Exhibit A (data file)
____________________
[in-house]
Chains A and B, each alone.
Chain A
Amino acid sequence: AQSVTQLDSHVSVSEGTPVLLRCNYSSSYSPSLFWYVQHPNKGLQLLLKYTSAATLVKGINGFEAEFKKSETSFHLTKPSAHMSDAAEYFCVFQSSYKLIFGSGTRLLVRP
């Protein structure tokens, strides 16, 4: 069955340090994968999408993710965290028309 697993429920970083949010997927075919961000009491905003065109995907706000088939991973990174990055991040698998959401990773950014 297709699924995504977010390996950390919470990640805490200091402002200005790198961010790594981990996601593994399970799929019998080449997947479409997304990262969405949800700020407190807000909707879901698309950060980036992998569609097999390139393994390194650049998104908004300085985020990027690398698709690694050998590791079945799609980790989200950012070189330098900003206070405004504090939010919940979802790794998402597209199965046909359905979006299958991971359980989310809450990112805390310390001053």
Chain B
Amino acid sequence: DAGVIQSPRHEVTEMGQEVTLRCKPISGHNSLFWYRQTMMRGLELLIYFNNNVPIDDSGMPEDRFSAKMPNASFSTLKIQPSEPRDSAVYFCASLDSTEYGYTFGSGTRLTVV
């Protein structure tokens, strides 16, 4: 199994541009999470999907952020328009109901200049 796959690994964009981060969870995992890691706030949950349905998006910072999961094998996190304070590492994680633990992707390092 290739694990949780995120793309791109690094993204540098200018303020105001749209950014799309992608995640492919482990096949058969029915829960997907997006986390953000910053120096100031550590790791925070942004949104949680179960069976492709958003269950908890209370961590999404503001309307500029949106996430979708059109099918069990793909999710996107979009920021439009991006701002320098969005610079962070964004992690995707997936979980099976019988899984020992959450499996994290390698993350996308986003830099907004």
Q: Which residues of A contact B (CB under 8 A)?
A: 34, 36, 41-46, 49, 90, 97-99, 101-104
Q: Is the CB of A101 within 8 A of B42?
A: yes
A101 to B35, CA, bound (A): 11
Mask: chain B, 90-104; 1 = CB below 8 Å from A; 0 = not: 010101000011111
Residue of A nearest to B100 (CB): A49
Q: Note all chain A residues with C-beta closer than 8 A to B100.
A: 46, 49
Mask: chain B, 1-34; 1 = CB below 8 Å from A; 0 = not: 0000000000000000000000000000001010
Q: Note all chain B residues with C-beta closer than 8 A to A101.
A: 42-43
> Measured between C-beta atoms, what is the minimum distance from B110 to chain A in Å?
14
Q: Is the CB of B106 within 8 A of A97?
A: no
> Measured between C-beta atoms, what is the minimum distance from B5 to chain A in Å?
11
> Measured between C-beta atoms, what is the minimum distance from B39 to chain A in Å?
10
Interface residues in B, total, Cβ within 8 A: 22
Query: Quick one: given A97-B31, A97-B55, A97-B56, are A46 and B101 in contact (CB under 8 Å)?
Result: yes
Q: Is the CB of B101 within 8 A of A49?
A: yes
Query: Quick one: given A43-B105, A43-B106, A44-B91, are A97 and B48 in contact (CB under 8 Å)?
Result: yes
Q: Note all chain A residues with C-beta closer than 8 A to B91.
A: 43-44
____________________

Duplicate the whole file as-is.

[in-house]
Chains A and B, each alone.
Chain A
Amino acid sequence: AQSVTQLDSHVSVSEGTPVLLRCNYSSSYSPSLFWYVQHPNKGLQLLLKYTSAATLVKGINGFEAEFKKSETSFHLTKPSAHMSDAAEYFCVFQSSYKLIFGSGTRLLVRP
């Protein structure tokens, strides 16, 4: 069955340090994968999408993710965290028309 697993429920970083949010997927075919961000009491905003065109995907706000088939991973990174990055991040698998959401990773950014 297709699924995504977010390996950390919470990640805490200091402002200005790198961010790594981990996601593994399970799929019998080449997947479409997304990262969405949800700020407190807000909707879901698309950060980036992998569609097999390139393994390194650049998104908004300085985020990027690398698709690694050998590791079945799609980790989200950012070189330098900003206070405004504090939010919940979802790794998402597209199965046909359905979006299958991971359980989310809450990112805390310390001053």
Chain B
Amino acid sequence: DAGVIQSPRHEVTEMGQEVTLRCKPISGHNSLFWYRQTMMRGLELLIYFNNNVPIDDSGMPEDRFSAKMPNASFSTLKIQPSEPRDSAVYFCASLDSTEYGYTFGSGTRLTVV
């Protein structure tokens, strides 16, 4: 199994541009999470999907952020328009109901200049 796959690994964009981060969870995992890691706030949950349905998006910072999961094998996190304070590492994680633990992707390092 290739694990949780995120793309791109690094993204540098200018303020105001749209950014799309992608995640492919482990096949058969029915829960997907997006986390953000910053120096100031550590790791925070942004949104949680179960069976492709958003269950908890209370961590999404503001309307500029949106996430979708059109099918069990793909999710996107979009920021439009991006701002320098969005610079962070964004992690995707997936979980099976019988899984020992959450499996994290390698993350996308986003830099907004």
Q: Which residues of A contact B (CB under 8 A)?
A: 34, 36, 41-46, 49, 90, 97-99, 101-104
Q: Is the CB of A101 within 8 A of B42?
A: yes
A101 to B35, CA, bound (A): 11
Mask: chain B, 90-104; 1 = CB below 8 Å from A; 0 = not: 010101000011111
Residue of A nearest to B100 (CB): A49
Q: Note all chain A residues with C-beta closer than 8 A to B100.
A: 46, 49
Mask: chain B, 1-34; 1 = CB below 8 Å from A; 0 = not: 0000000000000000000000000000001010
Q: Note all chain B residues with C-beta closer than 8 A to A101.
A: 42-43
> Measured between C-beta atoms, what is the minimum distance from B110 to chain A in Å?
14
Q: Is the CB of B106 within 8 A of A97?
A: no
> Measured between C-beta atoms, what is the minimum distance from B5 to chain A in Å?
11
> Measured between C-beta atoms, what is the minimum distance from B39 to chain A in Å?
10
Interface residues in B, total, Cβ within 8 A: 22
Query: Quick one: given A97-B31, A97-B55, A97-B56, are A46 and B101 in contact (CB under 8 Å)?
Result: yes
Q: Is the CB of B101 within 8 A of A49?
A: yes
Query: Quick one: given A43-B105, A43-B106, A44-B91, are A97 and B48 in contact (CB under 8 Å)?
Result: yes
Q: Note all chain A residues with C-beta closer than 8 A to B91.
A: 43-44